Social Media

Harambe Is Hitting Peak Popularity Two Months After His Death

Harambe's afterlife as a dank meme now overshadows the outrage over his death

Social Media
Photo Illustration: R. A. Di Ieso
Aug 03, 2016 at 5:34 PM ET

Harambe took over the news in late May after he was shot and killed by Cincinnati Zoo officials in order to protect a toddler who fell into the gorilla enclosure. People across the nation were furious over the way the 17-year-old gorilla died, but it seemed as though interest in Harambe was going to fade within a couple of weeks of his death.

But the dark humorists of the internet stepped in and turned Harambe into one of the dankest memes of 2016. Harambe memes have existed from moment he died (mostly as a way to mock the backlash to his death), but it wasn’t until the Republican National Convention that the gorilla really became a meme. It was then that an anonymous hero was seen on television holding a sign that said “Bush did Harambe.”

After that, interest in Harambe spiked dramatically. Vocativ tracked mentions of Harambe on Twitter since his death and found that Harambe is hotter topic now than in the days immediately following his death. From May 28 until June 13—when the initial controversy died down—Harambe was mentioned on Twitter 583,628 times. From June 13 to Aug. 1–the period during which he became a meme–he’s been mentioned 1,417,931. And July 30 was the biggest day for Harambe discussion yet, racking up more than 115,000 tweets, and surpassing the previous high of 106,900 tweets on May 30.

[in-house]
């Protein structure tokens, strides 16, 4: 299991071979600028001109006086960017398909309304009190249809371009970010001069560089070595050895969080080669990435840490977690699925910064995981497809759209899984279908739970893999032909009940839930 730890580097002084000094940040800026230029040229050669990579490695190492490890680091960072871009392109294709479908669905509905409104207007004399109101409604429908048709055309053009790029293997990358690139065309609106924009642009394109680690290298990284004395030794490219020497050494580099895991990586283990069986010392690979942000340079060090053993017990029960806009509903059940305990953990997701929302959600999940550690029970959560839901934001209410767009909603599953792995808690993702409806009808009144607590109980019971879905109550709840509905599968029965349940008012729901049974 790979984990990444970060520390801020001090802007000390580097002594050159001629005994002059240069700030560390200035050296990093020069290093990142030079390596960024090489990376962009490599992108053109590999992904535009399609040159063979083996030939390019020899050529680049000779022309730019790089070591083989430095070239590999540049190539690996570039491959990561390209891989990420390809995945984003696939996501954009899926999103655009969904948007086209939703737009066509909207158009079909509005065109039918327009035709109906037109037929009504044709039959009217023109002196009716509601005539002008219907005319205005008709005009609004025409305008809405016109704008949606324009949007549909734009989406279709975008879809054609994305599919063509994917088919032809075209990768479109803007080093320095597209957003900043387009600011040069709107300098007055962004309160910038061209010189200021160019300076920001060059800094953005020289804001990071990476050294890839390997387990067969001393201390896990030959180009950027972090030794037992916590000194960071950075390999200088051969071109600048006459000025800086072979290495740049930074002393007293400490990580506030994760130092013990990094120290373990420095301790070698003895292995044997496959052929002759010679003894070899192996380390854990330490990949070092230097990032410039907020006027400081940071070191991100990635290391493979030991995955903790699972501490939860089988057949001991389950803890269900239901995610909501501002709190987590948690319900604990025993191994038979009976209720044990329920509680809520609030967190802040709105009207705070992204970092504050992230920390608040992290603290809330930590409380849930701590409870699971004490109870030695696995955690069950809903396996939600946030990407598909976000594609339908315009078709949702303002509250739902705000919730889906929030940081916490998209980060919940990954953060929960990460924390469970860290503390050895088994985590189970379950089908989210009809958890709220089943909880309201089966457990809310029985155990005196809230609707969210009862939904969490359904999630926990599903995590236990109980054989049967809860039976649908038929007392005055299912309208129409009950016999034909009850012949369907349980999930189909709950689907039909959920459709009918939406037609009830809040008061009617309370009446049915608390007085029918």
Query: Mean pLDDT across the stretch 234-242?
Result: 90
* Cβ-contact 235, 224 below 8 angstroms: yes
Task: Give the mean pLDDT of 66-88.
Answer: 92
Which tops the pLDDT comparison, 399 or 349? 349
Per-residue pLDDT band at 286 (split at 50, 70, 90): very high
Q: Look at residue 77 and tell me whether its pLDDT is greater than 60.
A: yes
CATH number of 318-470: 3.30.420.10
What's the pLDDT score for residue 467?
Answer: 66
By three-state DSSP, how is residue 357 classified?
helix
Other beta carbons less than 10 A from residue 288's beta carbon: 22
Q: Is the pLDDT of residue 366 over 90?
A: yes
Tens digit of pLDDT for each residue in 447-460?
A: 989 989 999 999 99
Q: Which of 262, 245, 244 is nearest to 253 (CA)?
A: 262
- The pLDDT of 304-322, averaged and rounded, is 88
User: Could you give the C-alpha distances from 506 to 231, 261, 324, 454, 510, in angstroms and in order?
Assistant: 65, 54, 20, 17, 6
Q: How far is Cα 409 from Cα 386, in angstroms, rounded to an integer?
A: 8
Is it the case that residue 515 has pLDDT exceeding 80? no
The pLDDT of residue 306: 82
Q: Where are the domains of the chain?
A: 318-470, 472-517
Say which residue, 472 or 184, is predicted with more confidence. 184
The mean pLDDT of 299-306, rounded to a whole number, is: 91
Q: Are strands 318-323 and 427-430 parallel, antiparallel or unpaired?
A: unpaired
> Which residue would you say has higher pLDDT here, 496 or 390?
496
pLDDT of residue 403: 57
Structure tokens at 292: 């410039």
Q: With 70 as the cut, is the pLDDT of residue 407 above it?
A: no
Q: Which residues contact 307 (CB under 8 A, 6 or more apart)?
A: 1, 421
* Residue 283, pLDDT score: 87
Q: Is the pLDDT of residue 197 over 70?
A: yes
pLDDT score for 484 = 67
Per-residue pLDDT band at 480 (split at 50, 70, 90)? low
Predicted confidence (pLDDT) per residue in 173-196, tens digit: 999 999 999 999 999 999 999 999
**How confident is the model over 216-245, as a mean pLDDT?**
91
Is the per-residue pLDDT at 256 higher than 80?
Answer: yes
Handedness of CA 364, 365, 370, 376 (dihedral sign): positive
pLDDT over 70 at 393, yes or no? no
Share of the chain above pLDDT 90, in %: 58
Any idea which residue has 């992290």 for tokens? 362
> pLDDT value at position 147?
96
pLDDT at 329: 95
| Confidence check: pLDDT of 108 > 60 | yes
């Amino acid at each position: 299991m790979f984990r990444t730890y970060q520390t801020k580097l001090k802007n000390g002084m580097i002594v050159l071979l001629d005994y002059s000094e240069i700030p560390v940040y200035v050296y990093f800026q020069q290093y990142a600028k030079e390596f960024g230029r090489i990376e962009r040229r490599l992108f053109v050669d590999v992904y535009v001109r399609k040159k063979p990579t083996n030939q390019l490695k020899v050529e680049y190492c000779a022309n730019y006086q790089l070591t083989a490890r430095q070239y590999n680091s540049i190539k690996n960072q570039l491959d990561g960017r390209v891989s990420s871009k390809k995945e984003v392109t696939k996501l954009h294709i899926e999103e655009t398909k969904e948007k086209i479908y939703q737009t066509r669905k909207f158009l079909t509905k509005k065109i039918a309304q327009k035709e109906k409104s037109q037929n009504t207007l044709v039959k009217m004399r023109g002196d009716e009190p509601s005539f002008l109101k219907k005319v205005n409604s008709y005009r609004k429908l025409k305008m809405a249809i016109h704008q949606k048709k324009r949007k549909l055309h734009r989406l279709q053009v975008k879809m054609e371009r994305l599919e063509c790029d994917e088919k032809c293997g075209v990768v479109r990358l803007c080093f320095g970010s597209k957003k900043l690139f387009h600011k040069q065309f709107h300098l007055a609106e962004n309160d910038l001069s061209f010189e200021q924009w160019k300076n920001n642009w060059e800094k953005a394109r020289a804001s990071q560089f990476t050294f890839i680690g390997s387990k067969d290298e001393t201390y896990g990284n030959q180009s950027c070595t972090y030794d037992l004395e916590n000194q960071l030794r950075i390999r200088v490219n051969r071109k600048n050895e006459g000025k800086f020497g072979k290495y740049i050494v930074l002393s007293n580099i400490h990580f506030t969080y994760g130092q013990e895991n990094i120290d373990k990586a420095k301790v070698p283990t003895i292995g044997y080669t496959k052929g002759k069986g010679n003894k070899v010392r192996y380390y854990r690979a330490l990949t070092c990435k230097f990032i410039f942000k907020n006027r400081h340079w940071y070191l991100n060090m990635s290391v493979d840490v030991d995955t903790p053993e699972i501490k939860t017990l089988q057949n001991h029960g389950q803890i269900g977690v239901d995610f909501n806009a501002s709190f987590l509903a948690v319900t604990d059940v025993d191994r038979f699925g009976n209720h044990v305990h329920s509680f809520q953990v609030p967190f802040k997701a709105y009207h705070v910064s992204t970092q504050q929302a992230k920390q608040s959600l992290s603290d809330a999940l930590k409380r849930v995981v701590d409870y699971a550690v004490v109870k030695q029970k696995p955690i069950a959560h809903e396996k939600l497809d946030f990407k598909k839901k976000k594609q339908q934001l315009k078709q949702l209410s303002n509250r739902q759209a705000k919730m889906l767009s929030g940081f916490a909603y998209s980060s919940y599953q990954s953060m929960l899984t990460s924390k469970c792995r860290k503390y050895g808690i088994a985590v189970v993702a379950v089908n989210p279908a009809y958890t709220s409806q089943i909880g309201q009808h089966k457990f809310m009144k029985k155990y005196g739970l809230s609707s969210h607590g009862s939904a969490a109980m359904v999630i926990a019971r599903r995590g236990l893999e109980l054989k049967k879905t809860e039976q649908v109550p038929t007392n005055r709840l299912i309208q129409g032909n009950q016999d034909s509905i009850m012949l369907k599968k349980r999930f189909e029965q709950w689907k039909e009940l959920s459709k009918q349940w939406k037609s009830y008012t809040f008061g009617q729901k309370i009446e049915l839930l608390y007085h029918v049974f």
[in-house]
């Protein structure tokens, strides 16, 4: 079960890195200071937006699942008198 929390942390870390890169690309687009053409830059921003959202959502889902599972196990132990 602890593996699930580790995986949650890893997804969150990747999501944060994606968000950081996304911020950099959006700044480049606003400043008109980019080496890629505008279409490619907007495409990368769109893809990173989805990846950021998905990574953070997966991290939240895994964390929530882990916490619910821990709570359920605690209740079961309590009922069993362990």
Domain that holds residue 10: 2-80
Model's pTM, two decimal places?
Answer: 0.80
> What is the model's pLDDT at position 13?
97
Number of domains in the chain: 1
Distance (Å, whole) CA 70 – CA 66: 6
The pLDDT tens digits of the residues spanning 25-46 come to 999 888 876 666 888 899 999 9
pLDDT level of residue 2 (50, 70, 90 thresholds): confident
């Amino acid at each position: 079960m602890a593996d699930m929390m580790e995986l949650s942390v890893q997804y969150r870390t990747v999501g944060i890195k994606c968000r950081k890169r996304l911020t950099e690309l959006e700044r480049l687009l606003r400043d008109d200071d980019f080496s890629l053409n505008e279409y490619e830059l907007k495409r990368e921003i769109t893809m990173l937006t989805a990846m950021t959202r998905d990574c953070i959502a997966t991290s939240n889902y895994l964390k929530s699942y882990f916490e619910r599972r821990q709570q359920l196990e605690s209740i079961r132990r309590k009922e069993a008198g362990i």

The meme has enjoyed a number of iterations and been cause for gags, such as a trio of Ohio teens tricking Google Maps into renaming a street “Harambe Drive” and a petition to put Harambe on Mount Rushmore. Another petition calls for the Cincinnati Zoo to be declared a terrorist organization for killing Harambe. He polls surprisingly well in the 2016 presidential race. YouTube is littered with tongue-in-cheek tributes. At its best, the meme is a dark critique of internet outrage culture, particularly outrage surrounding the death of animals. At its worst moments, it’s been blatantly racist.

But most of the time it’s simply funny, provided you have a dark sense of humor. And if you’re wondering if your sense of humor is dark enough, let your reaction to this tweet be your guide: